Well, I digressed mucho, didn't I?

Returning to the main sales area of the store, we finalized our purchases of eggs and bunnies, paid the damages, and hopped (get it?) back into the car. The trip home was uneventful but pleasant, basking in the memory of all that redware in one place and only forty-three miles away.

Wednesday, April 2, 2014


Every once in a while, we say we're gonna throw out all our furniture, pictures, and other accoutrements and change our style completely. Should we go modern? Mid-century? Cottage? Beach house? Traditional?

We go out looking at various shops and stores. Sometimes we even buy things! And they are usually in the same style that we already have. No matter how much we determine to change, we are stuck in the same vein -- I guess you'd call it "country" (but without all the kitsch -- "something that appeals to popular or lowbrow taste and is often of poor quality," according to Merriam-Webster's online dictionary). They used to call it "Early American."

Well, yesterday we drove to a small town in southern York County, Pa., to look at woven goods at the Family Heirloom Weavers shop near Red Lion. I did a post on this place last year so I won't repeat all the particulars. Suffice it to say that it was fun speaking with a member of the family, who told us about the presidents' homes and other historic houses for which they have woven carpeting and other fabrics. They do it for movies, too, like the relatively recent Lincoln and the older film Cold Mountain, among many others.

We traveled south in I83 to Pa. 74 and on to Dallastown, where we turned onto a two-lane road, drove a mile or so through farm country, and arrived at a tiny community of a few houses, a church, and the Heirloom Weavers' mill.

Our Sienna met the weavers' truck in the parking lot.
The entrance to the mill building.
Original 1838 coverlet to the left, reproduction to the right.
Additional coverlets and carpeting.
Next door is the show house.
I liked this vintage wash stand because it looks French.
Susanne bought napkins and some other woven pieces.
She also bought this tool for winding yarn, or something!
 These colorful spools of silk were for sale as decorations.

Once our visit was completed, we head back into Dallastown and, on the advice of the weaver, went to lunch at Lion's Pride in Dairyland Square. This was a great experience with a very efficient and personable server and great food.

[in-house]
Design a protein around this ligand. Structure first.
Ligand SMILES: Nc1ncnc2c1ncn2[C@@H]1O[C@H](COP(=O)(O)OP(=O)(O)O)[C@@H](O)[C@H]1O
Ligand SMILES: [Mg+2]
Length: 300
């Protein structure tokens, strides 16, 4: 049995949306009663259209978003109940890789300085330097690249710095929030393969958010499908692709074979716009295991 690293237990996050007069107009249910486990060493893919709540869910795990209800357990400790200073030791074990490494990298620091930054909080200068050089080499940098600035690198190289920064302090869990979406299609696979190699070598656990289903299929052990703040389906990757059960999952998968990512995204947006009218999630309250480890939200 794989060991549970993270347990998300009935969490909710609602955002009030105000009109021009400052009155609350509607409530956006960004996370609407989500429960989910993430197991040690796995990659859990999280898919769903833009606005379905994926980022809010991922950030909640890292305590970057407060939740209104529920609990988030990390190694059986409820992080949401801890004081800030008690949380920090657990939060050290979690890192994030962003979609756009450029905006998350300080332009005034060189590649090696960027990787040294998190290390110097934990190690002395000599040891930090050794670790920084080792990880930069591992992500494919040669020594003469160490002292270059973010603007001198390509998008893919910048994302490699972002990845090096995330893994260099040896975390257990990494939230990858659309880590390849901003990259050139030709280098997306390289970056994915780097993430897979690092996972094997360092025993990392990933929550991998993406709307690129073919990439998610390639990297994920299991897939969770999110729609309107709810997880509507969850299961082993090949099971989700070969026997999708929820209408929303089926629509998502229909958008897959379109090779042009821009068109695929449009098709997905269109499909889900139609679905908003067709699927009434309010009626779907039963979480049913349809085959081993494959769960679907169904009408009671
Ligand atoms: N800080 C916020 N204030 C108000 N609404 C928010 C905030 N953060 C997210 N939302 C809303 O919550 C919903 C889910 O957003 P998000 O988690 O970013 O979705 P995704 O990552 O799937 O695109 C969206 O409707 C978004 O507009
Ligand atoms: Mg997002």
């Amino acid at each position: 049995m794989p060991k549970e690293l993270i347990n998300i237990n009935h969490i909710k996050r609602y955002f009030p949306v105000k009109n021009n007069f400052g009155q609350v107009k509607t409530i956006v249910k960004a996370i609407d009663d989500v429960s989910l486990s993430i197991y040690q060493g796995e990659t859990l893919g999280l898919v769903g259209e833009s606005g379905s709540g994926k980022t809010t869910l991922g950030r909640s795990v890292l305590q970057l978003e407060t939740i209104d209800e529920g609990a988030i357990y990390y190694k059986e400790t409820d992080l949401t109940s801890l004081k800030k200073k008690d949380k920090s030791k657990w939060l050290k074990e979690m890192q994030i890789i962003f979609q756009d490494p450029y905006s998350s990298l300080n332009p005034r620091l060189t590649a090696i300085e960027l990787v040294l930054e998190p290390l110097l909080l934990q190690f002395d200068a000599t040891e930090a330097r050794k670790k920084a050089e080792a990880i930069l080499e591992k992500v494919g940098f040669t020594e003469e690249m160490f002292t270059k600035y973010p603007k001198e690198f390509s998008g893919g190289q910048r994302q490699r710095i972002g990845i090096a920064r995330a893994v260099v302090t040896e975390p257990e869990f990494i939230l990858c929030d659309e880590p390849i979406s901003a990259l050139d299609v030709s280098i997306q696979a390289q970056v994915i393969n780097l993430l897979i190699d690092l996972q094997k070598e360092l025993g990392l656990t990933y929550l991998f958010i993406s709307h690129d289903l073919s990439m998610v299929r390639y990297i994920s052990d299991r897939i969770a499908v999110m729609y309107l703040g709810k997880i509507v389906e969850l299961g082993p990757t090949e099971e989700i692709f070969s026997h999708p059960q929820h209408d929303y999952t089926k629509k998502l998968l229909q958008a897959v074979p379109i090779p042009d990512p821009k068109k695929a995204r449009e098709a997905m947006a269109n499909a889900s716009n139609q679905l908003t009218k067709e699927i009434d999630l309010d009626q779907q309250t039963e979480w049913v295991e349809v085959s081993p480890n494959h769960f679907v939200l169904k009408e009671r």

I got an open-face Rachel sandwich -- turkey, cole slaw, Russian dressing, and cheese.
For dessert I tried "Jewish Apple Cake."

After lunch we drove a few blocks to Broad Street Antiques Market, located on, you guessed it, Broad Street! It's located in an old warehouse building that has been nicely cleaned up and made suitable for selling vintage and antique items.

According to the owner, there are no antiques or reproductions, and all items must be older than fifty years. We toured the whole place, and these are some of the items I found appealing.

A 19th-century (I am guessing) maple bed with a beautiful head board.
Gorgeous Roseville pottery.
Early children's farm toys.
A nice example of E.S&B pottery from New Brighton, Pa., where my daughter Sarah lives.

Anyone for a stoneware decorated mug?
This strawberry-patterned bowl was nearly irresistible.
I like the shape of these cordial glasses. Bottoms up!
Who doesn't like bright tulips in the spring?
Old Glory.
I was intrigued by this plate, allegedly made in western Pa. in the first half of the twentieth century.

An old pie safe holds lots of goodies.
So does this wooden cabinet with what appears to be original paint.
The primitive table sports a beautiful green color.
On the way home we took the scenic route (of course) and passed Three Mile Island nuclear generating station in the Susquehanna River near Falmouth. It's always impressive to see the water vapor rising from the cooling towers -- no matter how many times you see it.

Soon we arrived home. No new style. No new furniture. Oh well. After all, tomorrow is another day!